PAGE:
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The Ghost of Aikido Present reminds me that I need to get to the dojo to take ukemi for a classmate's 5th-kyu test. We've practiced for a few weeks, and I keenly feel that pressing responsibility to be there for him. Time ticks by on the clock, and yet my boyfriend's family insists that I go clothes shopping with them. "It'll only take a little while," they assure me. "You'll definitely make it there in time." We waft past meaningless rows of fresh new clothes on hangers, and while they pick out their choices to try on, I impatiently tap my toes, waiting for them to be finished.
The Ghost of Aikido Past finds me back at my house when class is about to start. Reaching panic mode, I grab my car keys and dash for the door, only to come to the realization that the dojo is not located near my workplace but is for some reason part of the San Jose State University campus where I used to train. So used to the world of an interior wrestling gym that is my current dojo, I had forgotten the old place—proud sequoias standing tall, lush leaves blanketing the second-story dojo windows in shade; sunlight streaming through the branches, and the crisp, clean-straw smell of the Zebra mats. Only one problem with the SJSU dojo: last-minute parking on campus is usually next-to-impossible. "It's ok," my boyfriend reasons, "your classmate will find another uke. There's no way you'll get there in time." Dismayed, I realize he's right as I glance at the clock. By the time I manage to find parking, class would probably be over.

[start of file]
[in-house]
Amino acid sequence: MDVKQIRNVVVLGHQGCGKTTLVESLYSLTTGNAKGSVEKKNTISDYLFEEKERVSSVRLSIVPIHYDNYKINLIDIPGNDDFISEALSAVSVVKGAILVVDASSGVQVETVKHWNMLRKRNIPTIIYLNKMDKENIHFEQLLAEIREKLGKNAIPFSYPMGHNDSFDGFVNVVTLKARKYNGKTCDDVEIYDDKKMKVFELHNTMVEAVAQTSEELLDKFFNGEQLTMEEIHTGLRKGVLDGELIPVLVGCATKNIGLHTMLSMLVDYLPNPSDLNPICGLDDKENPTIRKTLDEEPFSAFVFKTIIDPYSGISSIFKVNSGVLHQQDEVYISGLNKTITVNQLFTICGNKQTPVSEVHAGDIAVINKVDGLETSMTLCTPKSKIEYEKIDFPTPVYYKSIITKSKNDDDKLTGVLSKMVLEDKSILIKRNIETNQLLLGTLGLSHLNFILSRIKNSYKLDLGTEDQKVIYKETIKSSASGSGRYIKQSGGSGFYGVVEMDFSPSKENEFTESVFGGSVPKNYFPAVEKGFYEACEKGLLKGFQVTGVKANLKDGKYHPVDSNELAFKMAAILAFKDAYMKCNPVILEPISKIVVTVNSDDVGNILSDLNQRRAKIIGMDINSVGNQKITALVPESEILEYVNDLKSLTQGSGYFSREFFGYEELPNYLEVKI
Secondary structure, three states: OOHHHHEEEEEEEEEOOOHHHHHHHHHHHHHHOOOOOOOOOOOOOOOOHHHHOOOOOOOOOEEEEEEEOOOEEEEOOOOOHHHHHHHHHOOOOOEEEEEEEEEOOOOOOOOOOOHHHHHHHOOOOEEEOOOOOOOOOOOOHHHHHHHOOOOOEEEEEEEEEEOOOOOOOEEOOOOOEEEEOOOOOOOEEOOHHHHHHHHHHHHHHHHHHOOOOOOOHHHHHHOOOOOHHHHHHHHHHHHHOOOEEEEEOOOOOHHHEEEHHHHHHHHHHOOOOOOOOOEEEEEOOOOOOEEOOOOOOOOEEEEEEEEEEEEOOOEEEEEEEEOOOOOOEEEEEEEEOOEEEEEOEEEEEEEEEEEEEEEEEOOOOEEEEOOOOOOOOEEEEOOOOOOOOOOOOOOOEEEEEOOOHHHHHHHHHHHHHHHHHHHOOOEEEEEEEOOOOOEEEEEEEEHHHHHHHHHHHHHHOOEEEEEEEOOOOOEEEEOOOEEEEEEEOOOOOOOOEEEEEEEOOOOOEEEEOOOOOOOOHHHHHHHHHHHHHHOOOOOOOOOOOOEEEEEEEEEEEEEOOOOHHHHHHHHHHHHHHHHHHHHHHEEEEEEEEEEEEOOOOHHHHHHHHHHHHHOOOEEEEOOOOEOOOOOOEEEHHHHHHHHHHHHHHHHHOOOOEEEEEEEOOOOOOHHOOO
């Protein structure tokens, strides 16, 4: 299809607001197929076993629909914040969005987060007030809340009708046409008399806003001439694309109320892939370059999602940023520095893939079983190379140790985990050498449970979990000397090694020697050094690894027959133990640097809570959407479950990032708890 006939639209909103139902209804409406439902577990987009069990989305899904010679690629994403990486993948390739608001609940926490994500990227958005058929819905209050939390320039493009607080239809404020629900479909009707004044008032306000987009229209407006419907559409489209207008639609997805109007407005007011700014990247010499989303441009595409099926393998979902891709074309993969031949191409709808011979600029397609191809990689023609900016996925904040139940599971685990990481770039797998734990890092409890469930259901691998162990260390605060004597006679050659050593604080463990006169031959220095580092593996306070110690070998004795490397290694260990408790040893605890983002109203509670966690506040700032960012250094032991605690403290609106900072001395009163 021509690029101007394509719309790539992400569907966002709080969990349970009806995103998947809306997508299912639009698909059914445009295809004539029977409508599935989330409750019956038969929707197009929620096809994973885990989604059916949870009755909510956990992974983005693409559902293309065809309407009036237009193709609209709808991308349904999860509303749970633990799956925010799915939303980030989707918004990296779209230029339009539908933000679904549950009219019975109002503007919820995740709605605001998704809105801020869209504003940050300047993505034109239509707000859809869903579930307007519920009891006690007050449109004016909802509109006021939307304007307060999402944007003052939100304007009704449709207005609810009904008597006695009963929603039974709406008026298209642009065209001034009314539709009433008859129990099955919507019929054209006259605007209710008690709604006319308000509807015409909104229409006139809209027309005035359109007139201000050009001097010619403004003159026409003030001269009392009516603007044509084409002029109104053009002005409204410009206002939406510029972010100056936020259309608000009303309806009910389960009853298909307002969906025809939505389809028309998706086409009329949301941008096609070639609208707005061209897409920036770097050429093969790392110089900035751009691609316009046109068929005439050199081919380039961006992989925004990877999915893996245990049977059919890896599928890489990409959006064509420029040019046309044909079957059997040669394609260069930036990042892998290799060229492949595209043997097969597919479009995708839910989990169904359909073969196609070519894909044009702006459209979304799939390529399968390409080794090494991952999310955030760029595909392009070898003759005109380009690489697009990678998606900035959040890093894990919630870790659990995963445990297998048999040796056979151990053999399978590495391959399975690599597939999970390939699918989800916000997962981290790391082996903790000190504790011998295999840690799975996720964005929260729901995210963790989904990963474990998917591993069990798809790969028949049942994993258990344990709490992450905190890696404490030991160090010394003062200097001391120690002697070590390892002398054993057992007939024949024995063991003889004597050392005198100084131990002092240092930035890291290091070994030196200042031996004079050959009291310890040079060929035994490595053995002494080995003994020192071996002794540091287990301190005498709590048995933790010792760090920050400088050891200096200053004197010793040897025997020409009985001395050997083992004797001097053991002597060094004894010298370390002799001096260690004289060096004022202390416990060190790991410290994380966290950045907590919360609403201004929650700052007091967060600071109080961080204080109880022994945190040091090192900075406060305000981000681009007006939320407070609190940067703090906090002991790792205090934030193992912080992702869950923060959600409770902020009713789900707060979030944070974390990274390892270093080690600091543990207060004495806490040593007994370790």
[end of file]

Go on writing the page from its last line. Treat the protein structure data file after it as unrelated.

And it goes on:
The Ghost of Aikido Future whispers in my ear that not only have I failed as an uke and have broken my promise to be there, I am going to miss the Black-Belt Demos put on by the yudansha. In our dojo, the different belt classes rotate every month to perform a demo of material on each of our next tests, and Black-Belt Demos are especially fun to watch because of the intensity, artfulness, and technical precision of the techniques. "No!" I think as the images whirl to abyss, "Not the demo! Please, just give me this day back. I need to do it differently. I need to re-live the day."
And that was when I woke up a la Ebenezer, a beautiful new day to greet me with birds chirping outside my window. It was still another three days until test day at the dojo—I had the day back and then some. There's a moral in this, aside from an unnecessary reminder of how much aikido means to me, aside from an irrational ukemi anxiety, aside from the haunting frustration of not knowing where to put my car after I arrived to my former college campus full of memories. And, yes, even aside from the petrifying nightmare of missing the chance to see a Black-Belt Demo. So often, our dreams blow the smaller things out of proportion until they seem unmanageable and out of control. Those dreams of falling as you wake with a start upon impact with the cold, hard asphalt. Those dreams of driving normally until you suddenly realize your brakes are out as your car skids downhill and gathers momentum. Those dreams of "I can't" and "I won't" replacing the possible reality of "I could" and "I will."
It's true—training four days at the dojo, using my vacation time to train some more at an aikido camp, and coming home to late-night dinners—don't leave much time left over for a social or family life. Sometimes, the guilt sets in; I know I should try to tear myself away from the dojo before dark, reserve my weekends for something other than keiko and weapons class for half the morning. But the Ghost of Aikido Future is hinting to me that even if I reverse my priorities, that sense of guilt doesn't go away. It's just a different kind of guilt, and another kind of unhappiness. And it also tells me that I need a new perspective on things. I need to stop making the aikido and the personal go through a tug-of-war for my time and attention. Like rivaling siblings, they need to learn to co-exist, to get along, and to even like it. Because they both make up the most essential and the best parts of me. Because I need to stop thinking, "Aikido in my life," but more like, "Aikido is my life."